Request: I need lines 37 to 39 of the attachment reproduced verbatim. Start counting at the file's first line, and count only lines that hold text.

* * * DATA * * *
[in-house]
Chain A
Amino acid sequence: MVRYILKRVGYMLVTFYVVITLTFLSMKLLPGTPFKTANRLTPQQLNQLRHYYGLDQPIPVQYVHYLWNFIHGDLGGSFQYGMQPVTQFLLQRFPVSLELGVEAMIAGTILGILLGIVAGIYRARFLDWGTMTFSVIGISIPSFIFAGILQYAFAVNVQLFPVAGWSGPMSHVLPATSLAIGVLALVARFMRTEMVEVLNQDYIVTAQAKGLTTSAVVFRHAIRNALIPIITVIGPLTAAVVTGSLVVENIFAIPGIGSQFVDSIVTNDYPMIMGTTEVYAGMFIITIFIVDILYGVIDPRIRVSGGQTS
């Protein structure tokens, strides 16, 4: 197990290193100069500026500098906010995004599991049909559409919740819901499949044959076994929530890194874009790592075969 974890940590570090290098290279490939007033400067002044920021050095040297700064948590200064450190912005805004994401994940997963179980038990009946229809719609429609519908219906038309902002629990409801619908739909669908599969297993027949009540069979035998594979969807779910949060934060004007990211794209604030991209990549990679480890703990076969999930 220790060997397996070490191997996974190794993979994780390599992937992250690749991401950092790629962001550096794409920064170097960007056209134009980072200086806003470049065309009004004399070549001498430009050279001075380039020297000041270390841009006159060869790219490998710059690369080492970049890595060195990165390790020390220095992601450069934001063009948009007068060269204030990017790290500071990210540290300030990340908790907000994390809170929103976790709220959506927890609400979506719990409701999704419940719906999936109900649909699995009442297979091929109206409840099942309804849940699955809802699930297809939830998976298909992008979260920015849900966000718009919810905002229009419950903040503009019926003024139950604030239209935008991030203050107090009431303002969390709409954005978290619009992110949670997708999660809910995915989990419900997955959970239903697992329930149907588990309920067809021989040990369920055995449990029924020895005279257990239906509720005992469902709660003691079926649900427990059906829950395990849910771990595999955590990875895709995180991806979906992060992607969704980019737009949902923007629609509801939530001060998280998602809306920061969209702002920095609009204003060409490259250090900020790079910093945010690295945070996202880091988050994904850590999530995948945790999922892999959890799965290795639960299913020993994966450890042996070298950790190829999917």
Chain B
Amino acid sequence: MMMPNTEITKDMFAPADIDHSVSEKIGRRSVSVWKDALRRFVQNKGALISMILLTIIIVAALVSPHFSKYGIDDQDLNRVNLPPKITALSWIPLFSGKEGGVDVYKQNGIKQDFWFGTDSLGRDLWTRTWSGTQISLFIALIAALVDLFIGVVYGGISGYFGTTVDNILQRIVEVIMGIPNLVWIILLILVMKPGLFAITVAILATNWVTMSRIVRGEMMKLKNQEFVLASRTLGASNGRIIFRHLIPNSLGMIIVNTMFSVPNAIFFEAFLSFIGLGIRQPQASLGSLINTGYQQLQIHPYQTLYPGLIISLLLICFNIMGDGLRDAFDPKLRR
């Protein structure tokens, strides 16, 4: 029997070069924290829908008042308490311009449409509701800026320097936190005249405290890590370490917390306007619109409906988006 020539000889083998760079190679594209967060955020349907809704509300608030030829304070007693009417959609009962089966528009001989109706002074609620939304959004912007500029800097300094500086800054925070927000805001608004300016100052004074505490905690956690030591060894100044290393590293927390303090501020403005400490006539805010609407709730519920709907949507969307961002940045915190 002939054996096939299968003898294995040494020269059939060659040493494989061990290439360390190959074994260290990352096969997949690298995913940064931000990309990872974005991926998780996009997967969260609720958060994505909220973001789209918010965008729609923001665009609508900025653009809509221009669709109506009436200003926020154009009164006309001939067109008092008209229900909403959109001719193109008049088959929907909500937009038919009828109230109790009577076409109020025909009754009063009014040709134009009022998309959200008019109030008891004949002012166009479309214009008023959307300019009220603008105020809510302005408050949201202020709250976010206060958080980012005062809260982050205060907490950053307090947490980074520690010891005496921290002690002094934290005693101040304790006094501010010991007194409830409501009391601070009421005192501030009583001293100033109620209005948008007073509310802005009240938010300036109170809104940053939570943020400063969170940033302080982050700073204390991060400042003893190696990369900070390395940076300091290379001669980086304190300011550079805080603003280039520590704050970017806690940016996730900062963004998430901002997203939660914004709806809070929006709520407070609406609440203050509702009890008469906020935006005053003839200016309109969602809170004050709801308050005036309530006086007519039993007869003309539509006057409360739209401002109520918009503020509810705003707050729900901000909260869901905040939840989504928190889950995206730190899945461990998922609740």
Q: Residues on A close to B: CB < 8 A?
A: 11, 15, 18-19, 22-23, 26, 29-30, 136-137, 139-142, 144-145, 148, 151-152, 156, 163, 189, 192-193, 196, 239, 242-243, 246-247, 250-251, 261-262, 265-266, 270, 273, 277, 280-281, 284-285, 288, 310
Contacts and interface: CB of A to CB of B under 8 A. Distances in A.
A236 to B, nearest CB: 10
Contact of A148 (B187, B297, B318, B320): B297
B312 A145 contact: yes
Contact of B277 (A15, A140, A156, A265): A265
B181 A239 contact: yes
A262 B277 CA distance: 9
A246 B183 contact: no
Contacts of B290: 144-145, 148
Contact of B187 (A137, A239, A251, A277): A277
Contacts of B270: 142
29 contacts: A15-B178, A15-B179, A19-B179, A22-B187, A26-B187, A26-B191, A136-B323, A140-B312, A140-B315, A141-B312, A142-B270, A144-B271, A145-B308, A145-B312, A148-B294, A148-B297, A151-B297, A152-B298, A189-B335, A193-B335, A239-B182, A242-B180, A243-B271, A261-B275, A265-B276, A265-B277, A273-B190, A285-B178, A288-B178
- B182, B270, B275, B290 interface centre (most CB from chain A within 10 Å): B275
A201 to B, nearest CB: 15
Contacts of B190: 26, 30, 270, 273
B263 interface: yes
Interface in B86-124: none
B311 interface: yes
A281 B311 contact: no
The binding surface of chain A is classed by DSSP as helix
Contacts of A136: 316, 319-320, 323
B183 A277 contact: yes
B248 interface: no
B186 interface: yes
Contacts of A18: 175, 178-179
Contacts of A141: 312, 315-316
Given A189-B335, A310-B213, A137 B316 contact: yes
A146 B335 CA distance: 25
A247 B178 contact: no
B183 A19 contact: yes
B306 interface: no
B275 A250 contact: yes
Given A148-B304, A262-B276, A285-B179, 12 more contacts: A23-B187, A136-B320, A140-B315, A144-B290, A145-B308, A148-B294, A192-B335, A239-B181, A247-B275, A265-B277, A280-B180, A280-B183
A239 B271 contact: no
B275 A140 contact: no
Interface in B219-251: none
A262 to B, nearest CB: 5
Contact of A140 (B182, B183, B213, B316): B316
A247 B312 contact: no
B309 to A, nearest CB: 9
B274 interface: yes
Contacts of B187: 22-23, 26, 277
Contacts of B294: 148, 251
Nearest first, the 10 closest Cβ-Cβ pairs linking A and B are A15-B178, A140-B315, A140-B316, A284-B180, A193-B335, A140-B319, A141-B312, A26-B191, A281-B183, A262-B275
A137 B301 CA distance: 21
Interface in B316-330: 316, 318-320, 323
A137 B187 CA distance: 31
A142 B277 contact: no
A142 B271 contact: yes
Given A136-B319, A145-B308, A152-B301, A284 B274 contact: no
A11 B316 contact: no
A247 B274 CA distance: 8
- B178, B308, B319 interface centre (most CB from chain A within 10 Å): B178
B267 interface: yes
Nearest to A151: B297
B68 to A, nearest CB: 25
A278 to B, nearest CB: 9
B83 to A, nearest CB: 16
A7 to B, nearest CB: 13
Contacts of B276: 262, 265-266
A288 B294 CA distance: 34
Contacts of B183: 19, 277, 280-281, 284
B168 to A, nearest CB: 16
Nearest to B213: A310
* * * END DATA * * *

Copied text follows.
A146 B335 CA distance: 25
A247 B178 contact: no
B183 A19 contact: yes